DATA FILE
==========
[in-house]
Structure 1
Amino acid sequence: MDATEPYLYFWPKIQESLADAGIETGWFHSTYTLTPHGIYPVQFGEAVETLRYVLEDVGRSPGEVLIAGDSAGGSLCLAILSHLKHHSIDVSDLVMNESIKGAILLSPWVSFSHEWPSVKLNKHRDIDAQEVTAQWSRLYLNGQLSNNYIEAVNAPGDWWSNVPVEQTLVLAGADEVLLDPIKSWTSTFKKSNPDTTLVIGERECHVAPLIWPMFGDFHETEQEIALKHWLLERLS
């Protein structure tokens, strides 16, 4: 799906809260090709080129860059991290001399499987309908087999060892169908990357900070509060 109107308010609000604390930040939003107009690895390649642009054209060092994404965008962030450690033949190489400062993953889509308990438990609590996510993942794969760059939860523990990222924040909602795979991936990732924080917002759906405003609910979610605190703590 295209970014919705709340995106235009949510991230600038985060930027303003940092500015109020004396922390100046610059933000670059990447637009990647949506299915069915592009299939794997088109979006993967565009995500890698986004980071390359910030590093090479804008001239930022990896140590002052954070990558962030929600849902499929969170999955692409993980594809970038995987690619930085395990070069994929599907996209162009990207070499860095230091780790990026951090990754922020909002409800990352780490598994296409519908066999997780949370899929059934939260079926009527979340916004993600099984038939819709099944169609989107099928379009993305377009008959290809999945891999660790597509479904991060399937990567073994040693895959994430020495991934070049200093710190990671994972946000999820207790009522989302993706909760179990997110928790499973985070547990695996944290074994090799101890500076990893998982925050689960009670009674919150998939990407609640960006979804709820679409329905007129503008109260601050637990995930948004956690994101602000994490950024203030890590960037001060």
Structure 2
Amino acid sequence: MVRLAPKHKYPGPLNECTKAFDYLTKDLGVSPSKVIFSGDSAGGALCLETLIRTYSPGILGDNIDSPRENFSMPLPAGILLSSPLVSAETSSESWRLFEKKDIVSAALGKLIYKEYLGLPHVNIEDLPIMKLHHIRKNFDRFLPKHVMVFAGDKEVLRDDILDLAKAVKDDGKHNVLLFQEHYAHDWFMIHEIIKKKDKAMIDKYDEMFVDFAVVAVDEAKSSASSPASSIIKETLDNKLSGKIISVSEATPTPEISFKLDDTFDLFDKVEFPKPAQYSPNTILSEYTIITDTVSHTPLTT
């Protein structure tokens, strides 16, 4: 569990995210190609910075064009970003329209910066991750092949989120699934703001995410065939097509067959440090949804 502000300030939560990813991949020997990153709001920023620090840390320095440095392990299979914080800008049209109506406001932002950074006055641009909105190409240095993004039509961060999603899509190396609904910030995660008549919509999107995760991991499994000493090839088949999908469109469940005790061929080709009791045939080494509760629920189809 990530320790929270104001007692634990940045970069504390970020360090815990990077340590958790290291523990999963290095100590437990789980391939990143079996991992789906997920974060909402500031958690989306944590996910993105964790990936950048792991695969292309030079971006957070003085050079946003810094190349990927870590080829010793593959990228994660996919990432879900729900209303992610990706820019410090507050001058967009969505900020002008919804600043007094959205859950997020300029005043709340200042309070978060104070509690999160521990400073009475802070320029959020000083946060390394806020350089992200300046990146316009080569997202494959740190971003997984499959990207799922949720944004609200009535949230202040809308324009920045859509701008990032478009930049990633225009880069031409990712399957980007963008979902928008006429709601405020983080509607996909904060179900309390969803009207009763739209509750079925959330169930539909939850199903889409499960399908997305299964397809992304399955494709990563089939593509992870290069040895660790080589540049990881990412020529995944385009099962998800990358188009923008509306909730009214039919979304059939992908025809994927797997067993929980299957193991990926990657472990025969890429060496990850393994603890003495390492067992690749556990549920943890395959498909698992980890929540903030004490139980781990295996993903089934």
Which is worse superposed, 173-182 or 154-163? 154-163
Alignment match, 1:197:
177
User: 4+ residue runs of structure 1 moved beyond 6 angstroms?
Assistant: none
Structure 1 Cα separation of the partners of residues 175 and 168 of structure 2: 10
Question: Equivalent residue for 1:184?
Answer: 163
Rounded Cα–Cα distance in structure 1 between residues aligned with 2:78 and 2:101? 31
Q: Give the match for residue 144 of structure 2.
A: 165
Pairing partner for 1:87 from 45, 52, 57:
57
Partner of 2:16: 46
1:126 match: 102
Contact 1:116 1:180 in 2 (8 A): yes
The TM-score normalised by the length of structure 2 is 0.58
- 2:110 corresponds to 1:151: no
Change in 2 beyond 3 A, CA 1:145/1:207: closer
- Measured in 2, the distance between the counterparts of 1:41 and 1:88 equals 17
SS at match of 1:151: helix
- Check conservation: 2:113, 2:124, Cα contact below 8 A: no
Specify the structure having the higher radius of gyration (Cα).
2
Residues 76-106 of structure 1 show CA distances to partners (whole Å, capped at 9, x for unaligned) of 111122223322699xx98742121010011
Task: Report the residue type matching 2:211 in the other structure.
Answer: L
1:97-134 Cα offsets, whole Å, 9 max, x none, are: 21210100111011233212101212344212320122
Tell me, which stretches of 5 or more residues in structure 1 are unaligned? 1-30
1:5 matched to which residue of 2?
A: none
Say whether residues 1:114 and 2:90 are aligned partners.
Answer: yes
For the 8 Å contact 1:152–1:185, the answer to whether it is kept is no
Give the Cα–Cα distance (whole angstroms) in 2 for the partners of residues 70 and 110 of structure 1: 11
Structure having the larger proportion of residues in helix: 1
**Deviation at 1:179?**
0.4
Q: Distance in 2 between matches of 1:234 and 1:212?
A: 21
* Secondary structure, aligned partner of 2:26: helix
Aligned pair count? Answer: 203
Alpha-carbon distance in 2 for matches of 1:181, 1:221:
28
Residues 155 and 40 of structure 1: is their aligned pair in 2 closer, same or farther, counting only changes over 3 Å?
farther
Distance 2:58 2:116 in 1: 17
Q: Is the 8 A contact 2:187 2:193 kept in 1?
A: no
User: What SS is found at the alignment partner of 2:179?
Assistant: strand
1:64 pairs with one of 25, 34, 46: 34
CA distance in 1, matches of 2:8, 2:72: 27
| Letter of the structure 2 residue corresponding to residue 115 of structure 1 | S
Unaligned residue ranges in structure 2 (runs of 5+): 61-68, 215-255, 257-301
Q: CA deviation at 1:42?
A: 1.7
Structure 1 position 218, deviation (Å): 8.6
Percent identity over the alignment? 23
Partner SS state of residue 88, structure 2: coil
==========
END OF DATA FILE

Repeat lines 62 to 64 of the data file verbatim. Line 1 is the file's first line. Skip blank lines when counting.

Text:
Unaligned residue ranges in structure 2 (runs of 5+): 61-68, 215-255, 257-301
Q: CA deviation at 1:42?
A: 1.7